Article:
Proportion of imagined stories with 95% confidence intervals for original and modified musical excerpts that were originally high in topicality and low in contrast (left pair of bars) compared with those that were originally high in contrast and low in topicality (right pair of bars). Excerpts modified to reduce topicality generated fewer heard stories than the original excerpts. The manipulation of contrast, on the other hand, had no effect on either the number of heard stories.

Figure 4.

Proportion of imagined stories with 95% confidence intervals for original and modified musical excerpts that were originally high in topicality and low in contrast (left pair of bars) compared with those that were originally high in contrast and low in topicality (right pair of bars). Excerpts modified to reduce topicality generated fewer heard stories than the original excerpts. The manipulation of contrast, on the other hand, had no effect on either the number of heard stories.

General Discussion

Two experiments investigated the question of what drives narrative engagement with music. A feature heavily dependent on culture and exposure, Topicality, but not a less experience-dependent feature, Contrast, was found to affect Western listeners’ narrative engagement with Western excerpts, but not Chinese excerpts, as would be expected if enculturated associations to culturally familiar musical styles drives narrative perceptions of music. Excerpts with higher Topicality elicited higher narrative engagement in listeners with sufficient enculturation to those styles of music, consistent with the notion that imagined stories arise from exposure to repeated linkages between sound patterns and associated imagery, environments, and plotlines in multimedia contexts. This effect of topicality held when controlling for excerpt enjoyment and familiarity, which made separate, but independent contributions to narrative engagement. The capacity of musical patterns to accrue narrative implications across the course of cultural embedding and exposures underscores the fundamental multimodality of musical experience (Eitan, 2017).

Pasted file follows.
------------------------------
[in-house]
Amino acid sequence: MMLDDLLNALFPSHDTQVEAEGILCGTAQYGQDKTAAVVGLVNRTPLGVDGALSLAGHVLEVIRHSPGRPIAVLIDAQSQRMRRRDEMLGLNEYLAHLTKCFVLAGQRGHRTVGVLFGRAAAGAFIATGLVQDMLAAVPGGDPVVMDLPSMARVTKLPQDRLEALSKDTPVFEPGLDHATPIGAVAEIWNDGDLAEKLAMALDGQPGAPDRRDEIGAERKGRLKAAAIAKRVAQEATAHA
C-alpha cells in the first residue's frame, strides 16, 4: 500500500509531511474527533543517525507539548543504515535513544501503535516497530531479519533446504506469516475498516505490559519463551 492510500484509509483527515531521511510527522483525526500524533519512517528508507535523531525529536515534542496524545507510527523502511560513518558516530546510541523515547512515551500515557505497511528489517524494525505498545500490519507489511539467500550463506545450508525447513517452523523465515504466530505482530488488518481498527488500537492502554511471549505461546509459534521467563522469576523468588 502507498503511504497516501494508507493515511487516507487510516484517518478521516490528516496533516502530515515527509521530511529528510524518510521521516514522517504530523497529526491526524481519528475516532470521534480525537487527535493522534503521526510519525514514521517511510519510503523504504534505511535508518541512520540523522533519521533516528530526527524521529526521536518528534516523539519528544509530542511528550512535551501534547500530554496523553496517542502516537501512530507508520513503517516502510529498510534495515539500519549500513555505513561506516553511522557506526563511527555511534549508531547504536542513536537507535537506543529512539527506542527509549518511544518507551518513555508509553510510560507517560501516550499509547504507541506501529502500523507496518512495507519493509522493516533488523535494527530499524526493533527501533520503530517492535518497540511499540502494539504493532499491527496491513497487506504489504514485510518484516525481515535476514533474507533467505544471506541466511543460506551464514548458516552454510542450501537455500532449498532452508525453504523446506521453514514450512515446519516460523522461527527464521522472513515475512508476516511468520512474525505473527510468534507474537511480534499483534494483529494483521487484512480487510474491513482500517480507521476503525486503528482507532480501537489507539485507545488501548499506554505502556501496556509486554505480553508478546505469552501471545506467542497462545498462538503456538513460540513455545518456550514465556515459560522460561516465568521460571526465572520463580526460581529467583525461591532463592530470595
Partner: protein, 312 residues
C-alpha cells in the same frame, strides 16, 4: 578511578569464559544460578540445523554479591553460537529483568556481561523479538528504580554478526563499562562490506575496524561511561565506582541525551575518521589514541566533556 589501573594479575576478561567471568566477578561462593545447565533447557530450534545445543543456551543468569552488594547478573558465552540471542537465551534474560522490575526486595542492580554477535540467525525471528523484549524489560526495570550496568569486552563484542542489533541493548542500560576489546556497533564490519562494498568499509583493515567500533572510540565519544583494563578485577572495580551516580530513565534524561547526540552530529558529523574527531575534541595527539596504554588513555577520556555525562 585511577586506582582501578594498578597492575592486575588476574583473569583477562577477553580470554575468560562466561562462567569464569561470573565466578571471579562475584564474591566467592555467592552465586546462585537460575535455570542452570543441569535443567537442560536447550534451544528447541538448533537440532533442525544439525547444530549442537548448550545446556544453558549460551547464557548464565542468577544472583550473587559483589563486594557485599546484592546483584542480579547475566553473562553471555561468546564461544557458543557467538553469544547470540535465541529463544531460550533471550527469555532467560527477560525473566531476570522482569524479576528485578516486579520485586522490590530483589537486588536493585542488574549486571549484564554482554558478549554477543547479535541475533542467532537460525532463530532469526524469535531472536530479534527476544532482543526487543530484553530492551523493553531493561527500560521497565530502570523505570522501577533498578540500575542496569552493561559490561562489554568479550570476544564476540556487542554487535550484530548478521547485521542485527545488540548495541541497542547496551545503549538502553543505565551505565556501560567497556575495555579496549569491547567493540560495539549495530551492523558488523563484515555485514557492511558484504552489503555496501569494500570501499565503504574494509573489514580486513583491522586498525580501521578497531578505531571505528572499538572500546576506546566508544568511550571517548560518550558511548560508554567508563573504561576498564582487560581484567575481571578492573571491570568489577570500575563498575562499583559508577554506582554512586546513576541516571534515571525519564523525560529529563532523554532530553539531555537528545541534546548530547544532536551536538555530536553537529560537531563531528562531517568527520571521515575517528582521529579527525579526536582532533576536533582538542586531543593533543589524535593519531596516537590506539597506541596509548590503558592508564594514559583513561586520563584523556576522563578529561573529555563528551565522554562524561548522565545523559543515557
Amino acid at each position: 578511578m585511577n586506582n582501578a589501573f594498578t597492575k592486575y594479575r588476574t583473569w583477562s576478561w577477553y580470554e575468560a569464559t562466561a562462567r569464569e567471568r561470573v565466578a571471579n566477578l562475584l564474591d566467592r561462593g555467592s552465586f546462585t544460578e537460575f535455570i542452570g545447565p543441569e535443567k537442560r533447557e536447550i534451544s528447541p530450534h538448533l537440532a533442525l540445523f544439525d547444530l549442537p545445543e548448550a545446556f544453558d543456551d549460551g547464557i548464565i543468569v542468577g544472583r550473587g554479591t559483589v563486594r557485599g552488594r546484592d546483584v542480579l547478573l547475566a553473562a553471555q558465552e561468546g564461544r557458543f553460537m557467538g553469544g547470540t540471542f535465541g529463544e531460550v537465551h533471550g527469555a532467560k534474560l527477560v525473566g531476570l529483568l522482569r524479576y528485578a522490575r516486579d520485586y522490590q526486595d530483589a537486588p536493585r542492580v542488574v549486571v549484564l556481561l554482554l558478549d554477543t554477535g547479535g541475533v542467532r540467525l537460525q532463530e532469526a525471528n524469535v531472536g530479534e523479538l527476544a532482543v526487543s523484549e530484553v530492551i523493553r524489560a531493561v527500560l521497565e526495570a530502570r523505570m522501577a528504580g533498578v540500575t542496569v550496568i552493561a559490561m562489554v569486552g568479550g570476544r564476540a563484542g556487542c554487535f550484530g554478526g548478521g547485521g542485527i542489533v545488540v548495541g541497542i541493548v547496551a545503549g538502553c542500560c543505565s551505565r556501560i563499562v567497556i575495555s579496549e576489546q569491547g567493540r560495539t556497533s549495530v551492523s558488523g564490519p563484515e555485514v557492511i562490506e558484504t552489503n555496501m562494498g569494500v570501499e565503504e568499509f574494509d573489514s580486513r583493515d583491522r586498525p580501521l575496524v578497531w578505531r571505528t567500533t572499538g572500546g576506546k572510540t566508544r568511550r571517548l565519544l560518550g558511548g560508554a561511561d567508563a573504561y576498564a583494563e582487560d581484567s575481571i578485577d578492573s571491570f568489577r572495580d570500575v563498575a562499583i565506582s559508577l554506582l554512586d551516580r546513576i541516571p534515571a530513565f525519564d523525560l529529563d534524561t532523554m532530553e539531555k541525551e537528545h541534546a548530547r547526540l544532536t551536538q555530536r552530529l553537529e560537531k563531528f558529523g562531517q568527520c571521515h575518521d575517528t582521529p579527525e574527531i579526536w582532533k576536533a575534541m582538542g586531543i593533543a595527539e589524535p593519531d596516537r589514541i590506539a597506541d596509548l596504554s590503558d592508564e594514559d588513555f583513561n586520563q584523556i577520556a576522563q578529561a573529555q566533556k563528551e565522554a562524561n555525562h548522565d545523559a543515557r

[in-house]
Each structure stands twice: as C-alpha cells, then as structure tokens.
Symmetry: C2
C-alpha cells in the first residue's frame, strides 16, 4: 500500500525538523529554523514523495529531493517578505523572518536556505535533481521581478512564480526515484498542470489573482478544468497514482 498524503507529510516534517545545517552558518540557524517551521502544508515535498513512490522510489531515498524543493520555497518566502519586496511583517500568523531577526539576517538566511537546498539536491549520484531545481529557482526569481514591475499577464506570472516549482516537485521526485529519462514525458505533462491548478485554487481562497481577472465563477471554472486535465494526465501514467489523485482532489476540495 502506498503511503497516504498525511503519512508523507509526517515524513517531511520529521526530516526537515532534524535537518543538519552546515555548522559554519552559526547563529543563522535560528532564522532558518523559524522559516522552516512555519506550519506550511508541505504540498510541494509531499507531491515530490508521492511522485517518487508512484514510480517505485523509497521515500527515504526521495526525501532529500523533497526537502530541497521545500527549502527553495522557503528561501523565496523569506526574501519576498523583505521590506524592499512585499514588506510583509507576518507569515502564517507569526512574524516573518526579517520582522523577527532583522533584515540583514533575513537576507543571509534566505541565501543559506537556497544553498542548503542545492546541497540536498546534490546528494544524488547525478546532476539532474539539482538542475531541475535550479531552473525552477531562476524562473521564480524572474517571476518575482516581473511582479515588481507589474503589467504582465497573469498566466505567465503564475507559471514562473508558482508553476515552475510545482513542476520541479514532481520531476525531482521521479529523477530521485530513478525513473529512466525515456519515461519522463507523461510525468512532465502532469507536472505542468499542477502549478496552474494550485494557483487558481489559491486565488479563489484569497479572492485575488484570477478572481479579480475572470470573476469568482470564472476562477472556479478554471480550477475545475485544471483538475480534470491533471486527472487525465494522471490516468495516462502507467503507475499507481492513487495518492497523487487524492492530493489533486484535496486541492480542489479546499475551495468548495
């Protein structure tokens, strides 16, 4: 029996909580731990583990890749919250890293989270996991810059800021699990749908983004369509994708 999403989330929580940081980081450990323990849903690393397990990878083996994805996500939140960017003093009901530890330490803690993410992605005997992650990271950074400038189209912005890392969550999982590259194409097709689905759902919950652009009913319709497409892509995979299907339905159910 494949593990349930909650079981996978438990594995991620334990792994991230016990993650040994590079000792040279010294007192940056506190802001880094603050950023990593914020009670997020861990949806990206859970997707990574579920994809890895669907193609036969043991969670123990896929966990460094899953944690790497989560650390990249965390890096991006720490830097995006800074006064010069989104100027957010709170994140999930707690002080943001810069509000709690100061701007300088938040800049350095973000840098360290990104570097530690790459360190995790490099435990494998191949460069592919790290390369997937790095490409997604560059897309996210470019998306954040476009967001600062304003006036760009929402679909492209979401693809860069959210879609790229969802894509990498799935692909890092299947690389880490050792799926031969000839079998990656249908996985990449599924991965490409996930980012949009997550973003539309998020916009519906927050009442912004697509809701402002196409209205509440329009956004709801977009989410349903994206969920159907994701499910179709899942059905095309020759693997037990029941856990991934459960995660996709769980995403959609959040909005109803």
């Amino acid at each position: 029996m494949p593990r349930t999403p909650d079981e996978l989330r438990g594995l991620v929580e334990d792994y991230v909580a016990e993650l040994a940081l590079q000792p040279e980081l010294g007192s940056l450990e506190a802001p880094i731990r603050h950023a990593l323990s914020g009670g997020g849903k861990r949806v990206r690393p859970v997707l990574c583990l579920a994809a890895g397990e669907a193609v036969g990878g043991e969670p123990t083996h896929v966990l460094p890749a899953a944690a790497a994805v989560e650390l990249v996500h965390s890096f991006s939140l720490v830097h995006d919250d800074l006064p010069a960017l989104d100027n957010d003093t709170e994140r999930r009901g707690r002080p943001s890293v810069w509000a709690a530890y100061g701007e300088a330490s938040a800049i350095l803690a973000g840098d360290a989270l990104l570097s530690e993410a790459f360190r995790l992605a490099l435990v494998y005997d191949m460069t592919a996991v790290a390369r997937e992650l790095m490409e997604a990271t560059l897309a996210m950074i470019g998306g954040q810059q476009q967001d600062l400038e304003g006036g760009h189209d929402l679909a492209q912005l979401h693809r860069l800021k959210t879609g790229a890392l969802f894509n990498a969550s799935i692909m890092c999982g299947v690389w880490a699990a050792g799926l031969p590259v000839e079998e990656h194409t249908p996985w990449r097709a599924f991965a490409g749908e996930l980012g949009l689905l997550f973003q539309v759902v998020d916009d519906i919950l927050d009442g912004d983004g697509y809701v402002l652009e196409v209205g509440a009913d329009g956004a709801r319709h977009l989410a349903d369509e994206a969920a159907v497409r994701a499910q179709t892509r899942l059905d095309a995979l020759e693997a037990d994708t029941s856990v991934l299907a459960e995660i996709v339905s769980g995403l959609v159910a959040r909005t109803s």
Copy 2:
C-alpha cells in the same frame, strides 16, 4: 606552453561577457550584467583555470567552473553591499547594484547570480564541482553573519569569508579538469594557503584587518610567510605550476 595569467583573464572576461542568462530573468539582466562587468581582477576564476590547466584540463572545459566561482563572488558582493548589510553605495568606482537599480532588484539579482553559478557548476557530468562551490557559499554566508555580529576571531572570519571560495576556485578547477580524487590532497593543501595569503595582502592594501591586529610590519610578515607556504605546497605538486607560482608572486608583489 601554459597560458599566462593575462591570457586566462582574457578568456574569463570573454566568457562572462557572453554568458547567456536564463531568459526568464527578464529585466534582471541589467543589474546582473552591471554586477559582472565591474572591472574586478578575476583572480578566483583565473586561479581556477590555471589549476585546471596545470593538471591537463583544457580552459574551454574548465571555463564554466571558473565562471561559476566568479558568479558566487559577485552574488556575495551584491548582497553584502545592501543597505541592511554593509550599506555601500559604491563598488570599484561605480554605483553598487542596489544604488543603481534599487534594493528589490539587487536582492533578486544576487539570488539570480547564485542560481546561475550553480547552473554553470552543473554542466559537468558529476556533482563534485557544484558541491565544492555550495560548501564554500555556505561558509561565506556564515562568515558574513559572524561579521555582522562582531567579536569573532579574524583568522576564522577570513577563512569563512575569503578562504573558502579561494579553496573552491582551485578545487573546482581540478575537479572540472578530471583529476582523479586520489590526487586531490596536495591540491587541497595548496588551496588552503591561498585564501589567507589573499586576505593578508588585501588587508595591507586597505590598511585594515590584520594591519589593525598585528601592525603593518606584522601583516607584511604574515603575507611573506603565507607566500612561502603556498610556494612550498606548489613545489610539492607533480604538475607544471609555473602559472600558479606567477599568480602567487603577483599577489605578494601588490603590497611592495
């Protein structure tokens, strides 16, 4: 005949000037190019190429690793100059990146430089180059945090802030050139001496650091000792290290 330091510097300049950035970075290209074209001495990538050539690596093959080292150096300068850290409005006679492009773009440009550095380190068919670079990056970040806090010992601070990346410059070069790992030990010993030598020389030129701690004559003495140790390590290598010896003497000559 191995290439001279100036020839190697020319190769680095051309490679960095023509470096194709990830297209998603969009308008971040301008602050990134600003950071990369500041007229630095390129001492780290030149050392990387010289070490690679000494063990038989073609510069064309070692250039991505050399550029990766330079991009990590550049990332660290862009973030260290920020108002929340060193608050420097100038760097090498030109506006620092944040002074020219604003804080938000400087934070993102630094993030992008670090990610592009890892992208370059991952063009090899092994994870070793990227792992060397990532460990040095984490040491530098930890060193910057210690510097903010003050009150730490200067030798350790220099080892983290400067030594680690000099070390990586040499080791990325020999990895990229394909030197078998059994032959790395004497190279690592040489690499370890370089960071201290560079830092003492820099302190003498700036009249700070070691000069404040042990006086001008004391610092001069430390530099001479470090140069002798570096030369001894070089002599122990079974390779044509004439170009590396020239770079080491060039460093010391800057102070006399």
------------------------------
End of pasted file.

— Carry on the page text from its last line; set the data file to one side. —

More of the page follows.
This topicality effect occurred in listeners at both US research sites, but not at the Dimen research site. The absence of a topicality effect in Dimen for Western excerpts parallels the absence of a topicality effect in Arkansas and Michigan for Chinese excerpts, and possibly stems from the same source: insufficient exposure to the musical patterns in relevant cultural and media contexts. The absence of a topicality effect in Dimen for Chinese excerpts is more puzzling, given than the Dimen participants have access to Chinese media, exposure to which might have been sufficient for associations to arise. However, at least two other factors might have interfered. Given that mainstream Chinese movies and television shows are typically in Mandarin or Cantonese, languages that the Dong participants do not speak (Dong belongs to the Tai family, which is substantively different from languages in the Sino-Tibetan family, including Mandarin; Ramsey, 1989), it is possible that this language barrier interfered with the formation of associations that might have been typical for Mandarin speakers. Furthermore, it is likely that topicality effects depend on exposure not just to mass media but also to other kinds of everyday cultural contexts. As members of the Dong community, one of China’s 55 officially recognized ethnic minorities, Dimen participants’ daily life in their village entails experiences and exposures that diverge markedly from those of the majority Han Chinese. Indeed, the free response narratives provided by Dimen participants (analyzed in a separate manuscript) support this supposition. Although their free response stories exhibit substantial across-participant agreement in response to individual excerpts, these stories often depart substantially from the typical associations of the same excerpts within Han Chinese culture.

Regardless, future work should further explore the lack of a Topicality effect in Dimen participants. Toward this end, one potentially fruitful line of new investigation would be to consider in more detail the one factor that did predict Dimen participants’ by-excerpt narrative engagement—participants’ familiarity with the excerpt. Given that topicality represents the formation of consistent associations between musical patterns and extramusical events, it is possible that the link observed between familiarity and narrative engagement for the Dimen participants represents a precursor to Topicality playing a more prominent role. The formation of abstract associations between musical patterns and extramusical events may require familiarity with a sufficient number of exemplar excerpts where listeners experience that musical pattern in a particular extramusical context. Immersed in their own Dong musical traditions, Dimen listeners may simply not have reached that threshold for either Western or Chinese music.